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Compile Heart and Idea Factory are well known for their visual novel and RPG series, most notably the Hyperdimension Neptunia, Mary Skelter, and Psychadelica series of games. Personally, I became a fan with MeiQ and Monster Monpiece, but that’s beyond the point. Most recently, Compile Heart applied their RPG knowledge to Dragon Star Varnir. While still retaining a lot of the charm and general feel of both companies previous games, Dragon Star Varnir brings players to a world inhabited by knights, dragons and witches. How these various factions are tied together and how/why witches are cursed to have the power of dragons while being devoured by the very same creatures they give birth to will have players engrossed in an expansive RPG for many many hours. Read on to find out why!

Dragon Star Varnir
Publisher: Idea Factory International
Developer: Compile Heart
Platform: PlayStation 4 (Reviewed), Windows PC
Release Date: June 11th, 2019
Players: 1 Player
Price: $59.99

I feel that I should start with the part of the game that I found the most engrossing: the gameplay. Dragon Star Varnir has an absolutely insane amount of customization when it comes to character stats and skills.

Every enemy, major or minor, is either a dragon, dragon-kin or uses dragon power in some way. Since all the player characters are witches who consume dragons to survive, it stands to reason that, obviously, dragons and dragon powers play a major role in how your characters upgrade.

Beyond just the standard “gain exp to level up” mechanic, each character starts off with a basic “devour” ability. Characters can attempt to devour an enemy and gain their strength. The lower the HP of the enemy, the greater the chance the devour succeeds.

Should a character successfully devour an enemy, they will gain a “dragon core”, which can have several different nodes on it. These nodes can either be a new ability for your character such as attack magics, physical attacks, passive abilities or new devour abilities.

They can also have various ability upgrades for your characters. This means however, that to fully max out your characters, you will have to go back to all the previous areas and have each and every character that joins your group devour each type of enemy.

You can seriously spend hours in each area devouring enemies to gain each of their cores. Luckily, however, each character will have all previous boss monster cores and each character will gain the core of each boss you defeat. So you can’t miss out on those one time only types of monsters.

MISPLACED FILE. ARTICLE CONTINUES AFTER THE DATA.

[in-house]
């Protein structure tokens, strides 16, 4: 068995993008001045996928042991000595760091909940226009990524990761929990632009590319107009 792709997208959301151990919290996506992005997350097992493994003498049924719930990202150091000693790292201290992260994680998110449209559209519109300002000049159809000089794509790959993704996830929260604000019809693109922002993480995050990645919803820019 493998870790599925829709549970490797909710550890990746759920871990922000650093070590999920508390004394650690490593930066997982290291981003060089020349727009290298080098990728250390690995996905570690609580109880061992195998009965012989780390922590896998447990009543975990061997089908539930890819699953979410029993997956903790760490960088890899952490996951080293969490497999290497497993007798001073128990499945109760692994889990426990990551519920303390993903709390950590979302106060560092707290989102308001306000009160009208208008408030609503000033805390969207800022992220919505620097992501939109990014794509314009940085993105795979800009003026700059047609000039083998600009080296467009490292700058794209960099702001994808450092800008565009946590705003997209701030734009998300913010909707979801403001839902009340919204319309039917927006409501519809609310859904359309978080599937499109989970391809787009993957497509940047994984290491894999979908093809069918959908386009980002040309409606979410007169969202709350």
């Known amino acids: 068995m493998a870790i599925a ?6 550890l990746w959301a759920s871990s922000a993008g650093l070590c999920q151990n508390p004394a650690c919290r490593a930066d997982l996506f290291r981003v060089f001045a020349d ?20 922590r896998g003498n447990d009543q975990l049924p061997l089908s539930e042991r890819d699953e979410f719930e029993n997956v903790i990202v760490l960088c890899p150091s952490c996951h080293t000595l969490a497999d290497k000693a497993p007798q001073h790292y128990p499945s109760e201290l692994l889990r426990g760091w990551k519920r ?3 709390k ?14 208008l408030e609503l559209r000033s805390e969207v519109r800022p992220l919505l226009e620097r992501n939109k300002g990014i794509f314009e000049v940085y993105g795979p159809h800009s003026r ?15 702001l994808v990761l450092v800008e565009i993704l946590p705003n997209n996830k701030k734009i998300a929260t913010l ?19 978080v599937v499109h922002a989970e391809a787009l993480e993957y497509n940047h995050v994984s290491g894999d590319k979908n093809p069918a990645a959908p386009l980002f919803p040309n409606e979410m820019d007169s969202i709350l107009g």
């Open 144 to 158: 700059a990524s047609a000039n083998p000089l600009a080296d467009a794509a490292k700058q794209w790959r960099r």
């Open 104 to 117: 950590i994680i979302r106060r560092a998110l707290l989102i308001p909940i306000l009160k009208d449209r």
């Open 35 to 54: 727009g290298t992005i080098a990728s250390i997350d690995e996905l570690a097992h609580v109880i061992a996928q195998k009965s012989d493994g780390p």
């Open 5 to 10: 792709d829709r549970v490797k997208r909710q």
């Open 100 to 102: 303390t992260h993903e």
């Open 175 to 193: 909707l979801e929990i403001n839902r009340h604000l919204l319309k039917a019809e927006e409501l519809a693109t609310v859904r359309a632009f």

Outside of grinding for hours to gain what basically equate to Blue Mage spells and stats, combat itself is actually quite basic. Battles take place between your three main battle characters against your draconic foes.

These battles all take place in the air with three different levels: Upper, Middle and Lower. Magic attacks can attack any level regardless of what level the character is on, while physical attacks will only connect with enemies on the same level as the character.

Varying physical and magical trap attacks can move enemies up a level, down a level, or even in the same level to a different spot. Even with all these abilities, every enemy and every character has an elemental weakness and a physical weakness.

If this all sounds a bit much, having to move between several different layers of the battlefield while attacking physical and magical weaknesses, moving enemies about the battlefield while laying down traps and trying to devour enemies… don’t worry about it.

Yes, you can deal immense damage by laying down traps, moving enemies about and all that, but there really is no reason to. If you spend any amount of time grinding for dragon cores, your levels will be much higher than the enemies in the area of the game you’re supposed to be in.

Your stats will be amazingly high due to the nodes you activate in the cores. You’ll usually find at least one weapon upgrade for your characters in the dungeon further increasing their attack higher than what you can buy from the shop.

All of this makes everything beyond the first area basically a cakewalk due to player power level. In addition, a successful devour will restore HP and SP and resting at the dungeons save point will fully restore your health.

Is it wrong to complain about the difficulty of a game because the player power leveled stats and levels? Usually I would say yes, but in this case? Grinding is really the name of the game, as the only way to get abilities for your characters is by making sure each character devours each type of enemy.

It may sound easy to make sure that each character devours each type of enemy, but there are a few extra battle mechanics that are more or less out of the players control. What originally drew me to Dragon Star Varnir was the dragon transformations, which gave me massive Legend of Dragoon vibes.

Since each witch is cursed with a dragon growing inside them, during battle, a meter will increase. When this meter fills, the character will undergo a transformation in to a scantly clad version of themselves, with increased attack, magical attack and a full HP restore.